From the Pharmacist Letter, September 2010:
New Canadian guidelines will clarify how to manage opioid therapy in patients with chronic non-cancer pain.
Opioid use is rising and so are abuse, diversion, and overdoses.
But on the other hand, chronic pain is still often undertreated and can lead to disability, depression, and other problems.
Recommend trying other options first, such as NSAIDs for inflammation, low-dose amitriptyline for neuropathic pain, etc.
Before going to chronic opioids, suggest assessing for substance abuse, getting informed consent, and setting up an opioid agreement.
Use pain severity and functional improvement to guide therapy.
Mild to moderate pain. Suggest codeine or tramadol first...then morphine, oxycodone, or hydromorphone if needed.
Recommend starting with a short-acting opioid...titrating the dose as needed...then switching to a long-acting formulation for maintenance to improve adherence and minimize breakthrough pain.
Suggest BuTrans (buprenorphine) for patients who can benefit from a once-a-week patch for moderate pain.
Severe pain. Recommend starting with morphine, oxycodone, or hydromorphone...and stepping up to fentanyl if needed.
Reserve methadone for the most resistant cases. Keep in mind that physicians need a special exemption to prescribe methadone.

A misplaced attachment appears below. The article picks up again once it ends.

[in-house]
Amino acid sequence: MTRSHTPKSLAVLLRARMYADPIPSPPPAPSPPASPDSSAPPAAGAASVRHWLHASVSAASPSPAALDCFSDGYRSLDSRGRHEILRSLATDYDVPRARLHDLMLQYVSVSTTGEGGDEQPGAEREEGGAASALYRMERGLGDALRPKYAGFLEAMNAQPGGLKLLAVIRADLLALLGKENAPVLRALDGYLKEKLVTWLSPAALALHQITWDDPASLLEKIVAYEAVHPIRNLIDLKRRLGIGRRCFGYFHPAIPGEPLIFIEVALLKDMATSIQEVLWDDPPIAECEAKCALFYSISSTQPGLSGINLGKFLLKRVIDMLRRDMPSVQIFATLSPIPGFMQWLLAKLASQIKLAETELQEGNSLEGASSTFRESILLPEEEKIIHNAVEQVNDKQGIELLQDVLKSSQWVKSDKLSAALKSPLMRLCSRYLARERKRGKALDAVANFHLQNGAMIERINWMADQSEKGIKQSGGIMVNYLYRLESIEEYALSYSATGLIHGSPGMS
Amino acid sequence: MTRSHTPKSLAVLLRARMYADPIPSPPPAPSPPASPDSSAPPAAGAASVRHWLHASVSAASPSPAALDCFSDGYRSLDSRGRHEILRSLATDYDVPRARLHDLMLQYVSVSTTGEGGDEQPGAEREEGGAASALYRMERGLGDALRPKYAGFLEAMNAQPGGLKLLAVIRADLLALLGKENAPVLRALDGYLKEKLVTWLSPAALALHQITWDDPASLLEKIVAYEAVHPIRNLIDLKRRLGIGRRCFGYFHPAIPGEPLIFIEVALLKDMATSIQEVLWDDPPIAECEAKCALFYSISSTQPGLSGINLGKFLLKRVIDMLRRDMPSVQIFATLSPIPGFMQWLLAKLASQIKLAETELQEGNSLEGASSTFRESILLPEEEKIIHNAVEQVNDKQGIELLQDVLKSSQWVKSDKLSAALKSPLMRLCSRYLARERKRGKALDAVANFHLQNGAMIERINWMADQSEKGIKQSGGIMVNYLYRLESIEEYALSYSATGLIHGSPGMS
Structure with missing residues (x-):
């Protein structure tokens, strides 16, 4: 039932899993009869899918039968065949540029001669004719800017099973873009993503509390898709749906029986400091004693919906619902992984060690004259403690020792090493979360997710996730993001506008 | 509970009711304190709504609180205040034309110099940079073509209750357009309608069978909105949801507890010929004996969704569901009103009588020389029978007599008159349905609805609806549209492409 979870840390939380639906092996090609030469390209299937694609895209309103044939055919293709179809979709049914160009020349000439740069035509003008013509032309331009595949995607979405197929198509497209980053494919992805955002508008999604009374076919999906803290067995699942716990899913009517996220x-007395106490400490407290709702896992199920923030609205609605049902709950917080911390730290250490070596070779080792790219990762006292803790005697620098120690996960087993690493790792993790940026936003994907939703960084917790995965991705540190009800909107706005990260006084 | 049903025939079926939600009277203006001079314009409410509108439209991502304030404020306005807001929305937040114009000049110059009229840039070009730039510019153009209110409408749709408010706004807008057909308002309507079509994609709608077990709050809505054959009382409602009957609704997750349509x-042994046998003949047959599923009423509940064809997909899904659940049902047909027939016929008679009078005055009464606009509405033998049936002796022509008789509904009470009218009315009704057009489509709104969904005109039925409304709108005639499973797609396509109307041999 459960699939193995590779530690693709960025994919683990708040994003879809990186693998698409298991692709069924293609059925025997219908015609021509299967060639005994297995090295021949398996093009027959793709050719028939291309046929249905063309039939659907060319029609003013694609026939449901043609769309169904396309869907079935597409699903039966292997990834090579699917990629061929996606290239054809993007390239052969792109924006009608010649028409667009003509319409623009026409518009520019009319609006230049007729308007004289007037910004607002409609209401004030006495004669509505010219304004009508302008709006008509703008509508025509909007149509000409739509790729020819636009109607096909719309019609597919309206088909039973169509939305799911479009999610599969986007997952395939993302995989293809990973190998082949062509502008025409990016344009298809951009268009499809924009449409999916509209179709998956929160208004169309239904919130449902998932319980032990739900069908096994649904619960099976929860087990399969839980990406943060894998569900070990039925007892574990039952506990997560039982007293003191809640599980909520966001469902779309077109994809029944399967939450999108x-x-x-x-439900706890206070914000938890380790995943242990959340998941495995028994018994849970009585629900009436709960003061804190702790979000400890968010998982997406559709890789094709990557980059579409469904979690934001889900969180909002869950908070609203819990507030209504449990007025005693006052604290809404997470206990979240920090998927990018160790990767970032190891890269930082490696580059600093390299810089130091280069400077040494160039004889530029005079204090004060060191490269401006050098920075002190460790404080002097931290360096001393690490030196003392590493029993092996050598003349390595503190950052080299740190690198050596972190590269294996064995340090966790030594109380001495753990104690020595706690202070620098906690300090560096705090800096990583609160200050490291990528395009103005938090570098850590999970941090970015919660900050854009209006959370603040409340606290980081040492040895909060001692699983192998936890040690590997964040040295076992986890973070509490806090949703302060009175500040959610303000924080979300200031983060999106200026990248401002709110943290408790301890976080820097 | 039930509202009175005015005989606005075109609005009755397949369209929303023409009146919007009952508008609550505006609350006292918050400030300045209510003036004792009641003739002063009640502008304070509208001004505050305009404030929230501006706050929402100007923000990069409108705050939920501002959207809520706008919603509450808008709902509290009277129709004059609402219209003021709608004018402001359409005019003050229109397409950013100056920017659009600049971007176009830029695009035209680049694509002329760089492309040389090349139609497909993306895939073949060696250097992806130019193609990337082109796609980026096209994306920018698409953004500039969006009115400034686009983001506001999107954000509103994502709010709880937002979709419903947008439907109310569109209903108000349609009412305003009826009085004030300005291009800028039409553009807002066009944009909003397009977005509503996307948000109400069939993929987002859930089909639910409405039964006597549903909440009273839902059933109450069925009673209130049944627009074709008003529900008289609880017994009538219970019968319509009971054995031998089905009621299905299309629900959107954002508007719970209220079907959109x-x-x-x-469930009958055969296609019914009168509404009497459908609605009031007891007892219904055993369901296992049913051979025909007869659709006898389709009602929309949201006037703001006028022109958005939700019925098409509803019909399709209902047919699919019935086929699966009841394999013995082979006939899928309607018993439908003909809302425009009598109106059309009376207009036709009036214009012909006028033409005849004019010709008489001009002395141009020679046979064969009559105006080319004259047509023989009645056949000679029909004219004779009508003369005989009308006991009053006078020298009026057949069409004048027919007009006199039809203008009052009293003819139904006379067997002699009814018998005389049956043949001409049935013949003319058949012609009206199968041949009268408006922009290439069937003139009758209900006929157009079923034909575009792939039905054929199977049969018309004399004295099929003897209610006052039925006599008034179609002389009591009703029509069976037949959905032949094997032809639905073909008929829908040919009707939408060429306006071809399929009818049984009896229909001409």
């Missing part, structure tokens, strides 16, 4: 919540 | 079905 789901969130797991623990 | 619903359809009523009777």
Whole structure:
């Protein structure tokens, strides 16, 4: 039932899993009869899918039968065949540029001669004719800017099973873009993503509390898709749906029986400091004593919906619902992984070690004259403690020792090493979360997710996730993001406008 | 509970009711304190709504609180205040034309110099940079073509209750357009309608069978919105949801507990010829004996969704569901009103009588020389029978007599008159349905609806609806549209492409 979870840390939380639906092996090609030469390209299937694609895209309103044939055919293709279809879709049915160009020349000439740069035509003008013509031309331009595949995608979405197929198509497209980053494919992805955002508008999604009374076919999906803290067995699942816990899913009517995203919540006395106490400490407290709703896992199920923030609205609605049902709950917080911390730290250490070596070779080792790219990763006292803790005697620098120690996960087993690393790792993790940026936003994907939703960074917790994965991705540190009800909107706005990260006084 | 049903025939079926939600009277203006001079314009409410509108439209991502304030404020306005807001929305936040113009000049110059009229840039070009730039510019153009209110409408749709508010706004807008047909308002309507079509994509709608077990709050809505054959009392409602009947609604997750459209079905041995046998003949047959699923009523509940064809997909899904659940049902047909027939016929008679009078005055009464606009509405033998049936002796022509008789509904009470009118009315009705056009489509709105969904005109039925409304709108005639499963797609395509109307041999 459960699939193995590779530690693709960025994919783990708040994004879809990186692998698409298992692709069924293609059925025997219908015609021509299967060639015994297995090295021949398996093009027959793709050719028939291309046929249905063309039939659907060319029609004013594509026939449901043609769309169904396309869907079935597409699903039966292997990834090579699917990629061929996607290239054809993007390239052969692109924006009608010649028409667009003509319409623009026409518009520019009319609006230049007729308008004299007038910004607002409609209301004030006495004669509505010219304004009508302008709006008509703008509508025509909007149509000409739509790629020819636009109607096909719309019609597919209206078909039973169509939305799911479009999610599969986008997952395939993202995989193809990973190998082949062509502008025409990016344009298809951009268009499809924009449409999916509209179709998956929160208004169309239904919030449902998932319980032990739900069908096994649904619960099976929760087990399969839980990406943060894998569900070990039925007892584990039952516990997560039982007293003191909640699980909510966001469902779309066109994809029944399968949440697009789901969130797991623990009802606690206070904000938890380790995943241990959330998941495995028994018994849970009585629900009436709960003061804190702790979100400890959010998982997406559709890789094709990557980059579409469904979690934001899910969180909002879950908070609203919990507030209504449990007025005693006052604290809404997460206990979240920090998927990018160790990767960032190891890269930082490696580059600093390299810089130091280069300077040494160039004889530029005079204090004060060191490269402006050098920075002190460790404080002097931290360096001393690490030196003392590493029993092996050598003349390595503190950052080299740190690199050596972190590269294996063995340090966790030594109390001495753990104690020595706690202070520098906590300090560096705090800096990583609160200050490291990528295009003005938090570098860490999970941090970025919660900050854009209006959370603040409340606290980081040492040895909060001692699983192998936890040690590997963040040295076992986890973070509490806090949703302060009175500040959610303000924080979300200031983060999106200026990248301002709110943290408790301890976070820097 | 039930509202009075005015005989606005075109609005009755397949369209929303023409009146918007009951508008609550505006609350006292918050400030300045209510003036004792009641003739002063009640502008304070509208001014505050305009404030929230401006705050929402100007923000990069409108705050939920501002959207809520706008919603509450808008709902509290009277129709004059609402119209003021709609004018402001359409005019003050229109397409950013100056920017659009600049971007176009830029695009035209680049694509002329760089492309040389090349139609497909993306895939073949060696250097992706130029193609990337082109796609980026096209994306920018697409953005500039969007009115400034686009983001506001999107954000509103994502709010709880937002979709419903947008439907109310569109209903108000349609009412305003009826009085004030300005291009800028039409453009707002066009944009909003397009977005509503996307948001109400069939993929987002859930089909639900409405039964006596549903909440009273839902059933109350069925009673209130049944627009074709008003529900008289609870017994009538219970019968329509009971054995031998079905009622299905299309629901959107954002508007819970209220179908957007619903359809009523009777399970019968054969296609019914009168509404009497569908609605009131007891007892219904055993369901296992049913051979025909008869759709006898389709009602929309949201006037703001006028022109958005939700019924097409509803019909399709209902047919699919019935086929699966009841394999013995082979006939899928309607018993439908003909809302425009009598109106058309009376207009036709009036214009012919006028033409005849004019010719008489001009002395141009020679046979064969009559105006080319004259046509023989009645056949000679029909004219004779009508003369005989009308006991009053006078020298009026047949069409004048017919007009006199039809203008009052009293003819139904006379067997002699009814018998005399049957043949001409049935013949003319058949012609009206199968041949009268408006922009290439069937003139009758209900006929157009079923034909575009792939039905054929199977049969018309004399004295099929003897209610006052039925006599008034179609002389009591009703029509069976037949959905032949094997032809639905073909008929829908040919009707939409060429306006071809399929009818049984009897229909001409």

Keep an eye on oral morphine equivalents...most patients can be managed on less than 200 mg/day. At higher doses, re-evaluate for tolerance, abuse, or a new cause for the pain. For help, see our chart, Equianalgesic Dosing of Opioids for Pain Management.
Suggest continuing NSAIDs or acetaminophen if they help.
Caution patients to limit acetaminophen doses. Consider recommending a maximum of just 2.6 g/day...instead of 4 g/day...to reduce the risk of developing liver toxicity.
Suggest stopping benzodiazepines before starting opioids...to decrease the risk of sedation and overdose.
Help patients have realistic expectations. Explain that a successful outcome is improving function and reducing pain intensity by about 30%. Also recommend exercise, physical therapy, and adequate rest.
Watch for possible interactions. Oxycodone levels may be increased by 3A4 inhibitors, such as clarithromycin. See our chart, Cytochrome P450 Drug Interactions, for other possible interactions.
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Tools for risk assessment, patient consent, pain contracts, and monitoring are available at:
- http://nationalpaincentre.mcmaster.ca/documents/opioid_guideline_part_b_v5_6.pdf. (See pages 65 to 67)
- NIDA Resource Guide (read before using screening tool below): http://www.drugabuse.gov/nidamed/resguide/resourceguide.pdf